According to one aspect of the present invention, therefore, there is provided a method of moulding, in one piece, a rigid thermoplastics body for a tube coupling of the type described by using tooling including at least one rigid core for defining the internal bore surfaces thereof which method comprises, subsequent to the moulding step, withdrawing the said core in an axial direction through that portion of the body defining the relatively smaller diameter outer end portion of the bore, including the tapering portion thereof, whilst the body or at least said portion thereof is still in a plastic state whereby said portion radially expands, subsequently radially thermoforming the expanded portion, whilst in a plastic state, substantially back to its as-moulded condition, and causing or allowing the moulding to cool.
The present invention also provides a body, made by the aforesaid method, for a coupling of the type described and such a coupling including such a body provided with one or more elastomeric seals and one or more tube-gripping collets.
Further, the present invention provides injection moulding tooling adapted for use in the method of the invention.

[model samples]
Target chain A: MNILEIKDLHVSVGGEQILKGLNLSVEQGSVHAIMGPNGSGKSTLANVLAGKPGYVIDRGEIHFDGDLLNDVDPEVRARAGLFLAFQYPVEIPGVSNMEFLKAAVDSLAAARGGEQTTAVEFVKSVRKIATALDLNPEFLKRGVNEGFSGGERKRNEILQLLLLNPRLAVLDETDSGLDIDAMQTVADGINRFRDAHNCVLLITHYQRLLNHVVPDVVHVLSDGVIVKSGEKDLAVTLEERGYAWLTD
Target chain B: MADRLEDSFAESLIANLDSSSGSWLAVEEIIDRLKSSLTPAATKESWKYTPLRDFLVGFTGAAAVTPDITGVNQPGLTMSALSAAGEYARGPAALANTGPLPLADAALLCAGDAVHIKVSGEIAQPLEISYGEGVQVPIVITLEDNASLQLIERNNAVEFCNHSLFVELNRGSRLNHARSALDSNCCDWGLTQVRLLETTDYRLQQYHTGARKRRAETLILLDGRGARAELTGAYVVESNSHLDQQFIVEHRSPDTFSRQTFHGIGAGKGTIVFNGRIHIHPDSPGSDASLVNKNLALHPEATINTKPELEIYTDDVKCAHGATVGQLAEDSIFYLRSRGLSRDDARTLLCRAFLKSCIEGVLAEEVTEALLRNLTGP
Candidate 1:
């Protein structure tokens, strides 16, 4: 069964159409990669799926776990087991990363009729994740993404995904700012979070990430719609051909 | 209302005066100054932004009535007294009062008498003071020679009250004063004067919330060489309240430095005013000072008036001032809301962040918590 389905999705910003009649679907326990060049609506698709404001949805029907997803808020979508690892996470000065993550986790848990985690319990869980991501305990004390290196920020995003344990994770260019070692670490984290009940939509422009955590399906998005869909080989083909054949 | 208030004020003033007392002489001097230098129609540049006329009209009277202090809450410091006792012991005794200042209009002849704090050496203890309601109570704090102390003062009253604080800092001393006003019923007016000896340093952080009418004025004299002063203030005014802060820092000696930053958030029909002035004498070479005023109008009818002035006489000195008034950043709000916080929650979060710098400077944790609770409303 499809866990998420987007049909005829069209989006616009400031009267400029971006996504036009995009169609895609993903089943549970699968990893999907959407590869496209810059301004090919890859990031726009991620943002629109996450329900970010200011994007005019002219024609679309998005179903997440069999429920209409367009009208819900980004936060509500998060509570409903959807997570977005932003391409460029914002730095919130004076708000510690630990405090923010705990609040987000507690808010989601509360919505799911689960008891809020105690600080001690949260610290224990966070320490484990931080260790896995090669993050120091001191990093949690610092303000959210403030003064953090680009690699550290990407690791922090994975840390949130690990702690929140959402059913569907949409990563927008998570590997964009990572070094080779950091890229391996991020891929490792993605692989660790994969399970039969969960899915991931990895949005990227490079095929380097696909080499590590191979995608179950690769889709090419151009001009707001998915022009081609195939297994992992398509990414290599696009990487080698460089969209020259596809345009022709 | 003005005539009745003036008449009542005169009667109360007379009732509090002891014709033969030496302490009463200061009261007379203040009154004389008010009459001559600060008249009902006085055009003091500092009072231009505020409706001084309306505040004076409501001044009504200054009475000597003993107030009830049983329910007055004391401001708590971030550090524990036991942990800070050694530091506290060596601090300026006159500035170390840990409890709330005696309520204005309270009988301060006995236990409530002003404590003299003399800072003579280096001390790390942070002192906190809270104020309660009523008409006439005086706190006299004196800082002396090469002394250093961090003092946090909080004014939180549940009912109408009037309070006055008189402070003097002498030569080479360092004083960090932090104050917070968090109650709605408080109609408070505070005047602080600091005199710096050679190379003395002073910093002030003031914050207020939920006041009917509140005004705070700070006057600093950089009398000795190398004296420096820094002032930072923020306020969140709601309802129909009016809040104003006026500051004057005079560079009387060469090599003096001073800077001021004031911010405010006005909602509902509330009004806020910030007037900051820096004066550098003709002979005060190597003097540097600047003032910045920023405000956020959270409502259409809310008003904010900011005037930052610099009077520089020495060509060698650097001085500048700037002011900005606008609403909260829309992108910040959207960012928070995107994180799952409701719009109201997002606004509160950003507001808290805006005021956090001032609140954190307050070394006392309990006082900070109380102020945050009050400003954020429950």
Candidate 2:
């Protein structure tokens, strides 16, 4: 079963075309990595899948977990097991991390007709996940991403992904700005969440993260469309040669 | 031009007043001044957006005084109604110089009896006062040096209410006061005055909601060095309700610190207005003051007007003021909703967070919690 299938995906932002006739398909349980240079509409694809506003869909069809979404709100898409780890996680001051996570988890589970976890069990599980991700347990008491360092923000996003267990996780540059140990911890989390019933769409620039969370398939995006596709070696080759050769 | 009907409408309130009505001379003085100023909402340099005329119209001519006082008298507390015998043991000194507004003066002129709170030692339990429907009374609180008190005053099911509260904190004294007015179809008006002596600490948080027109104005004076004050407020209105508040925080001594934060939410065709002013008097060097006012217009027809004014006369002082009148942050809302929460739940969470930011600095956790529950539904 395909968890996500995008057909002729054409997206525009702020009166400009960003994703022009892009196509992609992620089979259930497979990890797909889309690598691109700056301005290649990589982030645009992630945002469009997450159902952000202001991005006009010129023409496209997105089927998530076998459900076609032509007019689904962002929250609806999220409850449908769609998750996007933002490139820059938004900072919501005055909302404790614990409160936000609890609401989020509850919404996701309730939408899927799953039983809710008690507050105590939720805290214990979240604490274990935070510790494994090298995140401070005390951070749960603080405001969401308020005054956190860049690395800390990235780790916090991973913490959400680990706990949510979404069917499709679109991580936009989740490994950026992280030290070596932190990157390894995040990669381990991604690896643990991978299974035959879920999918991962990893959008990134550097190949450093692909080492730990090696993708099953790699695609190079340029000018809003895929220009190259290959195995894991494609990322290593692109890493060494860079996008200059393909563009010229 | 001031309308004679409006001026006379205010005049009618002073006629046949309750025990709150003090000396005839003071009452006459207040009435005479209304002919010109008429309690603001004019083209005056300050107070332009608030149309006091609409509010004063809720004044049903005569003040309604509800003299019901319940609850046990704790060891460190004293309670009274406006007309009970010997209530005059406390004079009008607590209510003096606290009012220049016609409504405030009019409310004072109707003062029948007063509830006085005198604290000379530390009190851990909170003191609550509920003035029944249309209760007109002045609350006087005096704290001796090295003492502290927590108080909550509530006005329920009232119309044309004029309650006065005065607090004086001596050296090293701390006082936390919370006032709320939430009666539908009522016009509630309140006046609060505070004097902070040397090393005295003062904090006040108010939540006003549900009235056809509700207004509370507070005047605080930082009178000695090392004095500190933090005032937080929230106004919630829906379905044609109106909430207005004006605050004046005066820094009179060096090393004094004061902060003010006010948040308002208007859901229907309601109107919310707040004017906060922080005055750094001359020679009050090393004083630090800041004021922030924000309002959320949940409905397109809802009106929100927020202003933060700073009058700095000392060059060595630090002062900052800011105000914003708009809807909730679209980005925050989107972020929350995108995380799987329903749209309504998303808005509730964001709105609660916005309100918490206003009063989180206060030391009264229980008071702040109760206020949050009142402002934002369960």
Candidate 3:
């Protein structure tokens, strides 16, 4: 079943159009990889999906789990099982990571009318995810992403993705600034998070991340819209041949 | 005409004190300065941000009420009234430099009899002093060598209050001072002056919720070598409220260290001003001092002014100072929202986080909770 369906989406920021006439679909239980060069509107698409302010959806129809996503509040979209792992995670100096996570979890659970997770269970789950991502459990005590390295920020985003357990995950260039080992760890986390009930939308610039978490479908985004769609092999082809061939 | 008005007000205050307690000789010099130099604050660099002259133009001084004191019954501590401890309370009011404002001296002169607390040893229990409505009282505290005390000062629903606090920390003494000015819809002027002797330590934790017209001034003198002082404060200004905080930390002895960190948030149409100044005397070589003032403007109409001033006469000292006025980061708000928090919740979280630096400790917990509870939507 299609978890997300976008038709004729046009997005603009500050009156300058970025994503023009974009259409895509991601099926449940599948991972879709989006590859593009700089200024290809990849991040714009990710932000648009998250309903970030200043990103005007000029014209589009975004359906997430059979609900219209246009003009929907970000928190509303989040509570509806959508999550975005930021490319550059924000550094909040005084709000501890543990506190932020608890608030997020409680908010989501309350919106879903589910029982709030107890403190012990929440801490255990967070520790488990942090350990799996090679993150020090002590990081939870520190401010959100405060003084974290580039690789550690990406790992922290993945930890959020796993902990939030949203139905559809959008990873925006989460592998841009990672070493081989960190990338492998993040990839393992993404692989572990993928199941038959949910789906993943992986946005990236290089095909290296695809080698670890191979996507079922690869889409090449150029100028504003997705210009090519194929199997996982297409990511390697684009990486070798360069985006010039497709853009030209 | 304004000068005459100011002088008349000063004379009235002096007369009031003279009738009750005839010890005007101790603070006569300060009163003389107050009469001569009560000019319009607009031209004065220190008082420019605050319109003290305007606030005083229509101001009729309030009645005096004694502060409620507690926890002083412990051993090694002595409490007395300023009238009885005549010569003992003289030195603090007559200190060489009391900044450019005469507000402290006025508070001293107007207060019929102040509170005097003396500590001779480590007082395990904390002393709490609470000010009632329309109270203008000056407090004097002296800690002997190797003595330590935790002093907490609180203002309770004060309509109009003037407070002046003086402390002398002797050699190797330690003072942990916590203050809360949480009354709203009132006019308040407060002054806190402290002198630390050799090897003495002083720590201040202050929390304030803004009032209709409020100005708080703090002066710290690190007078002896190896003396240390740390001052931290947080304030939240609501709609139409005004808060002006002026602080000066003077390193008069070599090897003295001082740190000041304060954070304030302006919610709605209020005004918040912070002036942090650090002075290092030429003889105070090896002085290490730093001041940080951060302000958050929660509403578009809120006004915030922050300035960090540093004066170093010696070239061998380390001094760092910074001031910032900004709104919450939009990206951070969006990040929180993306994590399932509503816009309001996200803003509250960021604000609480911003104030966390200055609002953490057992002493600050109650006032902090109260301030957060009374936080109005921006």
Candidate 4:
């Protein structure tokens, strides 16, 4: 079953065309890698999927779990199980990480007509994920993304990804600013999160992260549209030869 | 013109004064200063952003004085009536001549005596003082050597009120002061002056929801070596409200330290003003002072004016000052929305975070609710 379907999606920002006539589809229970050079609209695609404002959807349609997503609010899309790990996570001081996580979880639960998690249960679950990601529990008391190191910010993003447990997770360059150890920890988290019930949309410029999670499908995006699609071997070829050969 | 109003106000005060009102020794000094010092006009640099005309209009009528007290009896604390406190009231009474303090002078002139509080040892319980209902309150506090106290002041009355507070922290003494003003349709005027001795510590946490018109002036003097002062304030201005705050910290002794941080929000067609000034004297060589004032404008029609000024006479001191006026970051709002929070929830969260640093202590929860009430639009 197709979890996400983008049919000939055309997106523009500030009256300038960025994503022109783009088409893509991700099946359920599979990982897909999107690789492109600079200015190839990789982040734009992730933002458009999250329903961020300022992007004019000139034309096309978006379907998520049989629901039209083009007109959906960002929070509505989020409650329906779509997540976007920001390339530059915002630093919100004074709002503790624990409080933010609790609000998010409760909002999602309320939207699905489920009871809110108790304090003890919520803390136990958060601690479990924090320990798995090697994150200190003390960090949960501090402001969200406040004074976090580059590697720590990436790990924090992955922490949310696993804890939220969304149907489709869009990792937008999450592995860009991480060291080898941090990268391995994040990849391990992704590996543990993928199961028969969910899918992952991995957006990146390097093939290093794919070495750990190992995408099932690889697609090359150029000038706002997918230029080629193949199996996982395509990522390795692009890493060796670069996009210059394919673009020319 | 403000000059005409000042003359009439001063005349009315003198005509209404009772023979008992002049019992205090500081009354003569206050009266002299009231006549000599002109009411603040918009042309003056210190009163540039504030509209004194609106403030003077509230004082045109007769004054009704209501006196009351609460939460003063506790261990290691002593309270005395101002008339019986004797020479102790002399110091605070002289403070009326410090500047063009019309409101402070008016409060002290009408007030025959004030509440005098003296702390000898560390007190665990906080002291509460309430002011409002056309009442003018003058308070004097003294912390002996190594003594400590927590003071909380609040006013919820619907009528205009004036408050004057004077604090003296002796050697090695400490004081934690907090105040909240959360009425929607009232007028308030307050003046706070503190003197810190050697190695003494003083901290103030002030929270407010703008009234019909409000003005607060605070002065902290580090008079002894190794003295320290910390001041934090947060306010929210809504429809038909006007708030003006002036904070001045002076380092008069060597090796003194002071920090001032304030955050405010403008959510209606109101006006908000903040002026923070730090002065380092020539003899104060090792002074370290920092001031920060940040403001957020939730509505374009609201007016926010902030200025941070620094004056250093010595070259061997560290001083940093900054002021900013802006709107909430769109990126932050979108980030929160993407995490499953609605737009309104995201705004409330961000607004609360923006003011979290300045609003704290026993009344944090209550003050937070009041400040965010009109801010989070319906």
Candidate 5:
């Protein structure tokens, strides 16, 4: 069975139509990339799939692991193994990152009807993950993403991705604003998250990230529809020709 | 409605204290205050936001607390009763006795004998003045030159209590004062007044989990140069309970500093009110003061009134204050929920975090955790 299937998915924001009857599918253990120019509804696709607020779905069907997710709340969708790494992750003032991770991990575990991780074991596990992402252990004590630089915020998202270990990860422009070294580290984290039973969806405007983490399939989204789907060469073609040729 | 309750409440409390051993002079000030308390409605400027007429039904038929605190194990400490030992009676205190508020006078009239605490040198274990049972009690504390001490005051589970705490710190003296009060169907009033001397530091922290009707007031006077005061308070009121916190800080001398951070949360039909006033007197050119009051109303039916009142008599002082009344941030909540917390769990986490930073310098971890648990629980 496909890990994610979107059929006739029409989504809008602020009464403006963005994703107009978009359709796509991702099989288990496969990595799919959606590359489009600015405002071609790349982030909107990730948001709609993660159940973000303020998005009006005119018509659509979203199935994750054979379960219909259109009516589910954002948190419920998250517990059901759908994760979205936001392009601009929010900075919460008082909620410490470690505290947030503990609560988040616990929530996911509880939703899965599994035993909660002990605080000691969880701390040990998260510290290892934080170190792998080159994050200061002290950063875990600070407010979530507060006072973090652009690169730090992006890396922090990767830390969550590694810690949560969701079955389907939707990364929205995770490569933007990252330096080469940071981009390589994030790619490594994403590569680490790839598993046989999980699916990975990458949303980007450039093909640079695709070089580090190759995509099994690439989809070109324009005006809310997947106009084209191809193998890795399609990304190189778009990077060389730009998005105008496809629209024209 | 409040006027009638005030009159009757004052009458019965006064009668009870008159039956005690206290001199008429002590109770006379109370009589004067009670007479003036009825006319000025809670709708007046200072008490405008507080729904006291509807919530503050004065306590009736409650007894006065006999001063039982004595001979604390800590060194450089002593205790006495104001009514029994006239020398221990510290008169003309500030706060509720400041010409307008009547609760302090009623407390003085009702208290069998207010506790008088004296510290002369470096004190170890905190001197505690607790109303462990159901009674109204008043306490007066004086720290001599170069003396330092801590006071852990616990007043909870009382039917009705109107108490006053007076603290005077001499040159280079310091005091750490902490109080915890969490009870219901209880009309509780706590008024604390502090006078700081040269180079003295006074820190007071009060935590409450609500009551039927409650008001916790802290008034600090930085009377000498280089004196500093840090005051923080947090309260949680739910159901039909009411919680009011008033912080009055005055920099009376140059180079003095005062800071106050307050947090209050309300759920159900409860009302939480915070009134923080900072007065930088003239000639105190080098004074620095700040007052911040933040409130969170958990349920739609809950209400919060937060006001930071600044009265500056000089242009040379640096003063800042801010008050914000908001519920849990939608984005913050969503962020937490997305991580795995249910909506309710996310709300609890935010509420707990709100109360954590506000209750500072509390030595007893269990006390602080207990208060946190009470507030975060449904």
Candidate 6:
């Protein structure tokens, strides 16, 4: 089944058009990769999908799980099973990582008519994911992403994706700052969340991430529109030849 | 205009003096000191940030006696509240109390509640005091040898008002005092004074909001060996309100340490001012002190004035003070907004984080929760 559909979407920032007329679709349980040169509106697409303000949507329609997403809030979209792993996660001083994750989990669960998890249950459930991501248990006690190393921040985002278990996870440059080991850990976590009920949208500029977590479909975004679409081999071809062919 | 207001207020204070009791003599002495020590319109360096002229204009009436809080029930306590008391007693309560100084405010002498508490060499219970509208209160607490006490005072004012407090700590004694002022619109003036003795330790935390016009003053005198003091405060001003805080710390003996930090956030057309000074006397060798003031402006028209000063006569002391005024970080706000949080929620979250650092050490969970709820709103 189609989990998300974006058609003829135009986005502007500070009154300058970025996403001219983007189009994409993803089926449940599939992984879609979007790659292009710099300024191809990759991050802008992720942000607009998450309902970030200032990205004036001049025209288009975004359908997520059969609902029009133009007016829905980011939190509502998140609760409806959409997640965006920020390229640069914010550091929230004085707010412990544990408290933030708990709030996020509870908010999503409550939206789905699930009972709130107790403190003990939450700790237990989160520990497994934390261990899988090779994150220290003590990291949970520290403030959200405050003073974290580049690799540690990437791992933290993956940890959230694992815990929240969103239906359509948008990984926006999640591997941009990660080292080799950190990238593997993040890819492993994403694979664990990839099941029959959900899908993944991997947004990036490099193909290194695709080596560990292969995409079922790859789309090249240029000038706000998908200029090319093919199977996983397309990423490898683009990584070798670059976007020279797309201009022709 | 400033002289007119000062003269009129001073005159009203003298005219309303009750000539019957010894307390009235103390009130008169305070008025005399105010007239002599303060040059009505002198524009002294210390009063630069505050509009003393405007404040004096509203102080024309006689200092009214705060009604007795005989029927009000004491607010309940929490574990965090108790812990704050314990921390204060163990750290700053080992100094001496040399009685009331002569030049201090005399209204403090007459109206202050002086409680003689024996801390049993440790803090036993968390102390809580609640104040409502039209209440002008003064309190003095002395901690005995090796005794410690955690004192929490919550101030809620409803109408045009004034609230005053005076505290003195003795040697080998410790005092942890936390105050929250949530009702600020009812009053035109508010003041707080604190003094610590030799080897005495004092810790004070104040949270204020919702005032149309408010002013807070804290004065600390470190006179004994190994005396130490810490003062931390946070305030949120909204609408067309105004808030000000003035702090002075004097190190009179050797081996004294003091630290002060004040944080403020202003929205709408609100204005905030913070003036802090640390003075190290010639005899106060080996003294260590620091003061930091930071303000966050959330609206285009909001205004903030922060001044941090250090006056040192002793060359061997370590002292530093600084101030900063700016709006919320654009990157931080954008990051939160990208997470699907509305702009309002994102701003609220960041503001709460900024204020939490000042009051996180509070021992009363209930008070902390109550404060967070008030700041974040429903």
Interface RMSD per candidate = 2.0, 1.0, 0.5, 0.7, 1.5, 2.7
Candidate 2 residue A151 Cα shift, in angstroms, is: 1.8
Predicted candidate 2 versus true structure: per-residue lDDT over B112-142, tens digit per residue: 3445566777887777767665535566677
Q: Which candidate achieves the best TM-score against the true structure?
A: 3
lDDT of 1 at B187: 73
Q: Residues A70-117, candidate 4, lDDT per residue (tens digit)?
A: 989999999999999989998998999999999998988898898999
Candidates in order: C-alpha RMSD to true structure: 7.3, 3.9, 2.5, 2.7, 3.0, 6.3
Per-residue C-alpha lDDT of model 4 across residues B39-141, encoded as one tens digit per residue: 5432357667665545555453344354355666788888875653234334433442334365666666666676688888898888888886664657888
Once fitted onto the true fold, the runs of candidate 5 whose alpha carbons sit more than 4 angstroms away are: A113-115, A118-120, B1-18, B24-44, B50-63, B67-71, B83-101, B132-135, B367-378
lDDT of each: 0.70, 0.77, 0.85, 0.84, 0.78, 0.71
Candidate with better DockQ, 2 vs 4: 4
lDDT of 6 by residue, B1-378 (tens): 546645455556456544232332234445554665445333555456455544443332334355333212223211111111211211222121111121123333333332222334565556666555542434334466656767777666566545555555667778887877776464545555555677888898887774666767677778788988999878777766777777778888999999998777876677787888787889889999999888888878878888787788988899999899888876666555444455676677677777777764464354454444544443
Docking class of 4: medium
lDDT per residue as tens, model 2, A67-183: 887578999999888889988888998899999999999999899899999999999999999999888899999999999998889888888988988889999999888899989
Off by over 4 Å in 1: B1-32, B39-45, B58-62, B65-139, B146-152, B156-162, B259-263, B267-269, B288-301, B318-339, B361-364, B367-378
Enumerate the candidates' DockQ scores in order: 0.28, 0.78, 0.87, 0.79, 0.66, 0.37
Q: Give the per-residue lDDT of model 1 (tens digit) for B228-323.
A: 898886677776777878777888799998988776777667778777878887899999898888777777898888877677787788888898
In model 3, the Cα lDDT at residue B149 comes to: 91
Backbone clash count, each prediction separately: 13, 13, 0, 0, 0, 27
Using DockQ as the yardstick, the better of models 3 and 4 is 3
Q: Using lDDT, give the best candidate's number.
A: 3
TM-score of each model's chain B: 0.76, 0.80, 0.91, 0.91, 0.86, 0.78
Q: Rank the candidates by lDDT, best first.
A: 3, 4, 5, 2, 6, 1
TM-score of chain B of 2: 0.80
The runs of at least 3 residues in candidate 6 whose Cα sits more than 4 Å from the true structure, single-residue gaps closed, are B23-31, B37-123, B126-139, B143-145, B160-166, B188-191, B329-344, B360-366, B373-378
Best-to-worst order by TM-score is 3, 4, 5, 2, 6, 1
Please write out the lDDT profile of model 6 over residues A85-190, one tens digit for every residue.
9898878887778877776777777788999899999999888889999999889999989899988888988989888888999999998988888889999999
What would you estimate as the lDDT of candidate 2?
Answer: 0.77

The expanded portion of the coupling body may, whilst in a plastic state, be thermoformed back (ie. contracted) to its desired, as-moulded, condition by, for example, using a cylindrical die or a jaw-like device. The contraction step is preferably carried out immediately pursuant to the core extraction step whilst the body (or at least said expanded portion thereof) is still in a plastic state as a result of the moulding operation. However, it may be effected later after a reheating operation.
Needless to say, the core withdrawal and the contraction steps will be carried out when the plastics material used is at such an elevated temperature, and so sufficiently plastic, that the requisite expansion/contraction can be effected without at the same time otherwise unduly deforming (for example significantly axially deforming) the moulding. Naturally, the optimum temperature or temperature ranges at or within which the withdrawal and contraction steps respectively are carried out will depend on the particular plastics material used and may readily be determined by simple trial and experiment. Where, as is preferred, the contraction step is carried out immediately pursuant to the core extraction step, the former will take place at a slightly lower temperature than the latter because, of course, the moulding will have had slightly more time to cool.
In principle, any thermoplastic moulding material may be used but it is preferably a crystalline one. We mention, by way of example only, acetals, polyamides, polypropylenes, polyethylenes and polybutyleneterephthalates.